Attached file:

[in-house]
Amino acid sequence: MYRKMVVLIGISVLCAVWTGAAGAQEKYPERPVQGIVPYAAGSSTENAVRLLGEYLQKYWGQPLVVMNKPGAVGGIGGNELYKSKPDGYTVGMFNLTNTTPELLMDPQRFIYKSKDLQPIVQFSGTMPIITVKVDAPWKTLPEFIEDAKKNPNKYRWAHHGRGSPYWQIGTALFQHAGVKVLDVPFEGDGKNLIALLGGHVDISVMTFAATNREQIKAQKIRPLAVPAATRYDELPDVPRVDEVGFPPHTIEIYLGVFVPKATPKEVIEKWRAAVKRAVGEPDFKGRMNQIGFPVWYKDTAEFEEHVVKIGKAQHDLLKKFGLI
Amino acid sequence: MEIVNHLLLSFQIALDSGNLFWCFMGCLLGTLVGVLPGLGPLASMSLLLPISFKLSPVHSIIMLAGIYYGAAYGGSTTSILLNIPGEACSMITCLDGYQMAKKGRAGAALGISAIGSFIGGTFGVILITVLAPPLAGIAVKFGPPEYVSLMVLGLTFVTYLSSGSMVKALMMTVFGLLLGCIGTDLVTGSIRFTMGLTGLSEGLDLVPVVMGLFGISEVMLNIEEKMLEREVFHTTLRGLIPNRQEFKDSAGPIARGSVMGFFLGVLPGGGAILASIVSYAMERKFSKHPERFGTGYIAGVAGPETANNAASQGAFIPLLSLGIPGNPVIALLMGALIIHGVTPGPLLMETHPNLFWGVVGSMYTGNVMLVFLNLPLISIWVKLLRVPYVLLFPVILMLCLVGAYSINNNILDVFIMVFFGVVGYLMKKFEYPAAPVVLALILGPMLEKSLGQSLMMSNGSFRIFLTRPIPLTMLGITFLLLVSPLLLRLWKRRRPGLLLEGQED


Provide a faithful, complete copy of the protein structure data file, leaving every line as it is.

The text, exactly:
[in-house]
Amino acid sequence: MYRKMVVLIGISVLCAVWTGAAGAQEKYPERPVQGIVPYAAGSSTENAVRLLGEYLQKYWGQPLVVMNKPGAVGGIGGNELYKSKPDGYTVGMFNLTNTTPELLMDPQRFIYKSKDLQPIVQFSGTMPIITVKVDAPWKTLPEFIEDAKKNPNKYRWAHHGRGSPYWQIGTALFQHAGVKVLDVPFEGDGKNLIALLGGHVDISVMTFAATNREQIKAQKIRPLAVPAATRYDELPDVPRVDEVGFPPHTIEIYLGVFVPKATPKEVIEKWRAAVKRAVGEPDFKGRMNQIGFPVWYKDTAEFEEHVVKIGKAQHDLLKKFGLI
Amino acid sequence: MEIVNHLLLSFQIALDSGNLFWCFMGCLLGTLVGVLPGLGPLASMSLLLPISFKLSPVHSIIMLAGIYYGAAYGGSTTSILLNIPGEACSMITCLDGYQMAKKGRAGAALGISAIGSFIGGTFGVILITVLAPPLAGIAVKFGPPEYVSLMVLGLTFVTYLSSGSMVKALMMTVFGLLLGCIGTDLVTGSIRFTMGLTGLSEGLDLVPVVMGLFGISEVMLNIEEKMLEREVFHTTLRGLIPNRQEFKDSAGPIARGSVMGFFLGVLPGGGAILASIVSYAMERKFSKHPERFGTGYIAGVAGPETANNAASQGAFIPLLSLGIPGNPVIALLMGALIIHGVTPGPLLMETHPNLFWGVVGSMYTGNVMLVFLNLPLISIWVKLLRVPYVLLFPVILMLCLVGAYSINNNILDVFIMVFFGVVGYLMKKFEYPAAPVVLALILGPMLEKSLGQSLMMSNGSFRIFLTRPIPLTMLGITFLLLVSPLLLRLWKRRRPGLLLEGQED